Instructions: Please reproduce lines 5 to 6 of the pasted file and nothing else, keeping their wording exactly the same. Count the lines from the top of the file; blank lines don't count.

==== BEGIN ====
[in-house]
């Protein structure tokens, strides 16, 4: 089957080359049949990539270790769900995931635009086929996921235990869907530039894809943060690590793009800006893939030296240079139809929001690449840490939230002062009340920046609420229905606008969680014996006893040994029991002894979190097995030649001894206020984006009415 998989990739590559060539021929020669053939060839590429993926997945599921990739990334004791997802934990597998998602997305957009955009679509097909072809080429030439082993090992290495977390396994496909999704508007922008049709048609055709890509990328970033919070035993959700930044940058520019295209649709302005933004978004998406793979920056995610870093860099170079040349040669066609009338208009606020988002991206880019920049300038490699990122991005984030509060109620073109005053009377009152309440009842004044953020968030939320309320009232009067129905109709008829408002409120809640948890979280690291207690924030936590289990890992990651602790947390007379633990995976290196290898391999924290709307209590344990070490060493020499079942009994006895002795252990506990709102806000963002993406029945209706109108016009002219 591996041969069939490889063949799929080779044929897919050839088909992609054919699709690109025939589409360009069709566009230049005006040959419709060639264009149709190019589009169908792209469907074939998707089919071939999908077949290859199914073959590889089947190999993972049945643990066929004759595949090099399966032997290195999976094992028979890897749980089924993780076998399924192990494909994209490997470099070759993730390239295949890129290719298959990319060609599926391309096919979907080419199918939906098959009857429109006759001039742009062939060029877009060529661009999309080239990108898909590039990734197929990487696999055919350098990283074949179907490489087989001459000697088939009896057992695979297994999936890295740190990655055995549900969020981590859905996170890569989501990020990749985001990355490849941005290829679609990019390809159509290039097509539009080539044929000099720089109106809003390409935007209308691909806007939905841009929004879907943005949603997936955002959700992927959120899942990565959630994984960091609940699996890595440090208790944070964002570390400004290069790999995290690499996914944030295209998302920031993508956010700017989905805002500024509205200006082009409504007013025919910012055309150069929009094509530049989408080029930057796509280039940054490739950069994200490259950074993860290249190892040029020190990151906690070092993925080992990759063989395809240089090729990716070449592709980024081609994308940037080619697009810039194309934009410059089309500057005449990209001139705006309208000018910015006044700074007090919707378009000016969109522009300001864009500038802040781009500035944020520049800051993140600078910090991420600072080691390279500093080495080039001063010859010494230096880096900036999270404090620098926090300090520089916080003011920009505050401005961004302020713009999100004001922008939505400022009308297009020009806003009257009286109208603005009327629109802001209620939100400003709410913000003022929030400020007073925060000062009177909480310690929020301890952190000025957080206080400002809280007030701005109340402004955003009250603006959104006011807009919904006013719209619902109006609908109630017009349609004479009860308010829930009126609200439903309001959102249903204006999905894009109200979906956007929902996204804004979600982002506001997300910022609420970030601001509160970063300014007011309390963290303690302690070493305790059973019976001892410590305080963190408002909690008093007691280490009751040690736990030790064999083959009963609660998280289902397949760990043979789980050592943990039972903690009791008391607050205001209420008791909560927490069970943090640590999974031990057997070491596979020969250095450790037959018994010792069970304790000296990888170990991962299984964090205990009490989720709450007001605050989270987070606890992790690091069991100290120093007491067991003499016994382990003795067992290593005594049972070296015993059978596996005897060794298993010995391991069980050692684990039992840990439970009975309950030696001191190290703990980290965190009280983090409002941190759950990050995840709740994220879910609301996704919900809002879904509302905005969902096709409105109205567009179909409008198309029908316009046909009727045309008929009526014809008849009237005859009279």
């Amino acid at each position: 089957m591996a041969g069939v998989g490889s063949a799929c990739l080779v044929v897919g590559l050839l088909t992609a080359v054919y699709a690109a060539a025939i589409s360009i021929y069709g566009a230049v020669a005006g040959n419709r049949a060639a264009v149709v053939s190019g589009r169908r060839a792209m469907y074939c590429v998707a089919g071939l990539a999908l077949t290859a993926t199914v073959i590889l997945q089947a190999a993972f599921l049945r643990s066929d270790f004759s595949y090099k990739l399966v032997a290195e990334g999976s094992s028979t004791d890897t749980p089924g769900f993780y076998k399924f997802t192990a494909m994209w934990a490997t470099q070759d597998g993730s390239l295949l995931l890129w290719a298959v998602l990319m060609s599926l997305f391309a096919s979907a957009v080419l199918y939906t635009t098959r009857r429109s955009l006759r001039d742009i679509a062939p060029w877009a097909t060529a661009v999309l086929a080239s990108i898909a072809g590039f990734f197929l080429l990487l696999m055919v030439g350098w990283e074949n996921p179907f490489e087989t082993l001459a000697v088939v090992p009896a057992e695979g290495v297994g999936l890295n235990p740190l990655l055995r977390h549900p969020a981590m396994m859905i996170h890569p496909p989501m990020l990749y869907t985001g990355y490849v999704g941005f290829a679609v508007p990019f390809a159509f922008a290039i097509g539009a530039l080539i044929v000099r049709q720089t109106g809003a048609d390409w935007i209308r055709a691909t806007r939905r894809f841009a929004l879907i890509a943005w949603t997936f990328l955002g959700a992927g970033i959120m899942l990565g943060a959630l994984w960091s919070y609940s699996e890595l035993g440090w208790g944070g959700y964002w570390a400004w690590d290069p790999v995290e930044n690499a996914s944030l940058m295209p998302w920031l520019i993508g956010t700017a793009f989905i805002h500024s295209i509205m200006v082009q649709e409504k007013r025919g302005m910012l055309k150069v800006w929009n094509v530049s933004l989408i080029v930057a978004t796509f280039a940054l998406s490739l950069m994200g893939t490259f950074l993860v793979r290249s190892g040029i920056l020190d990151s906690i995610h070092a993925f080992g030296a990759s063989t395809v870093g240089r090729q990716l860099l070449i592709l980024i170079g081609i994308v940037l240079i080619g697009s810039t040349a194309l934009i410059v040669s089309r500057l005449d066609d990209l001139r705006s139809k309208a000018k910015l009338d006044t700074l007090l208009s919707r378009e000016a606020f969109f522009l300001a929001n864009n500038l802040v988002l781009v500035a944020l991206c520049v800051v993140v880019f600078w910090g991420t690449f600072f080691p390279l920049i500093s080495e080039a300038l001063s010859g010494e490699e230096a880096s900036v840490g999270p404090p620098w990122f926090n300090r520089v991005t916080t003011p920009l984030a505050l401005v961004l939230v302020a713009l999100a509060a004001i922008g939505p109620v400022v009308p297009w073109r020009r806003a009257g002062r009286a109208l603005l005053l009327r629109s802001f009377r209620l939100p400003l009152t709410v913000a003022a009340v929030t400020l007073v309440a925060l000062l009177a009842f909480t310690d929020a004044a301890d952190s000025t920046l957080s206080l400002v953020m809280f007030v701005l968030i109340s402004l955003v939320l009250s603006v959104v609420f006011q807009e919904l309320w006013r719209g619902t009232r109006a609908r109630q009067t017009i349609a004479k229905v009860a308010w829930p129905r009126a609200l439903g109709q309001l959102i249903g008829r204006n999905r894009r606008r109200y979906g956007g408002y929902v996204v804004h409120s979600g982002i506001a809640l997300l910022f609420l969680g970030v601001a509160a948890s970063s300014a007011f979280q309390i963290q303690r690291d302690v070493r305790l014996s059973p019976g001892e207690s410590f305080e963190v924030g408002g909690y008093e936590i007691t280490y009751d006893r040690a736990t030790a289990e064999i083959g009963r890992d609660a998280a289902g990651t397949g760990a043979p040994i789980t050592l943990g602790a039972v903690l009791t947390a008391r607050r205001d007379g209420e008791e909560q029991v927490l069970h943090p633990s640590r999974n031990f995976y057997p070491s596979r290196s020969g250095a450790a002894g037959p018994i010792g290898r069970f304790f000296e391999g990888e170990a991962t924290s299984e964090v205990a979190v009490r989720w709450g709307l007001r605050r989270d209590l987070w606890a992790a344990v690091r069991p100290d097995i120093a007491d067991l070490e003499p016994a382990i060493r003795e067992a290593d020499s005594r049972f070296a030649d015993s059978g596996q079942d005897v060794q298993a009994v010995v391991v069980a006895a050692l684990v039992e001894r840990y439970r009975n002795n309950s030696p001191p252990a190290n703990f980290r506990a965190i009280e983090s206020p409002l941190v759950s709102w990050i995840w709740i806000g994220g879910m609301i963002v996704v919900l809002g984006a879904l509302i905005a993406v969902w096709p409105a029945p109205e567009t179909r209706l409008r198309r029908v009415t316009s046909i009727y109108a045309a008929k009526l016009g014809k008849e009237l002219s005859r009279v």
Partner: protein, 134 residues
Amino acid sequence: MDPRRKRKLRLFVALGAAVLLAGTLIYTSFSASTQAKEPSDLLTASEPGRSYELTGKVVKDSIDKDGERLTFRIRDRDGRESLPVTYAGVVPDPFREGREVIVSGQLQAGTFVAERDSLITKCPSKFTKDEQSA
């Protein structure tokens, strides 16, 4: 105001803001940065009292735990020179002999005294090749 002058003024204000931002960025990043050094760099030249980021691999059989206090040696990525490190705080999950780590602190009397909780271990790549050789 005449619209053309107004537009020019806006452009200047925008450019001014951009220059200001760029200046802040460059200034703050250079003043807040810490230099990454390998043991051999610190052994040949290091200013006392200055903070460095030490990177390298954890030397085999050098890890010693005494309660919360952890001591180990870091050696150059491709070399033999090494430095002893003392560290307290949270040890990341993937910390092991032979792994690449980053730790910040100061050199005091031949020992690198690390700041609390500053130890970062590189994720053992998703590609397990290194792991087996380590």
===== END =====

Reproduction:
Amino acid sequence: MDPRRKRKLRLFVALGAAVLLAGTLIYTSFSASTQAKEPSDLLTASEPGRSYELTGKVVKDSIDKDGERLTFRIRDRDGRESLPVTYAGVVPDPFREGREVIVSGQLQAGTFVAERDSLITKCPSKFTKDEQSA
């Protein structure tokens, strides 16, 4: 105001803001940065009292735990020179002999005294090749 002058003024204000931002960025990043050094760099030249980021691999059989206090040696990525490190705080999950780590602190009397909780271990790549050789 005449619209053309107004537009020019806006452009200047925008450019001014951009220059200001760029200046802040460059200034703050250079003043807040810490230099990454390998043991051999610190052994040949290091200013006392200055903070460095030490990177390298954890030397085999050098890890010693005494309660919360952890001591180990870091050696150059491709070399033999090494430095002893003392560290307290949270040890990341993937910390092991032979792994690449980053730790910040100061050199005091031949020992690198690390700041609390500053130890970062590189994720053992998703590609397990290194792991087996380590």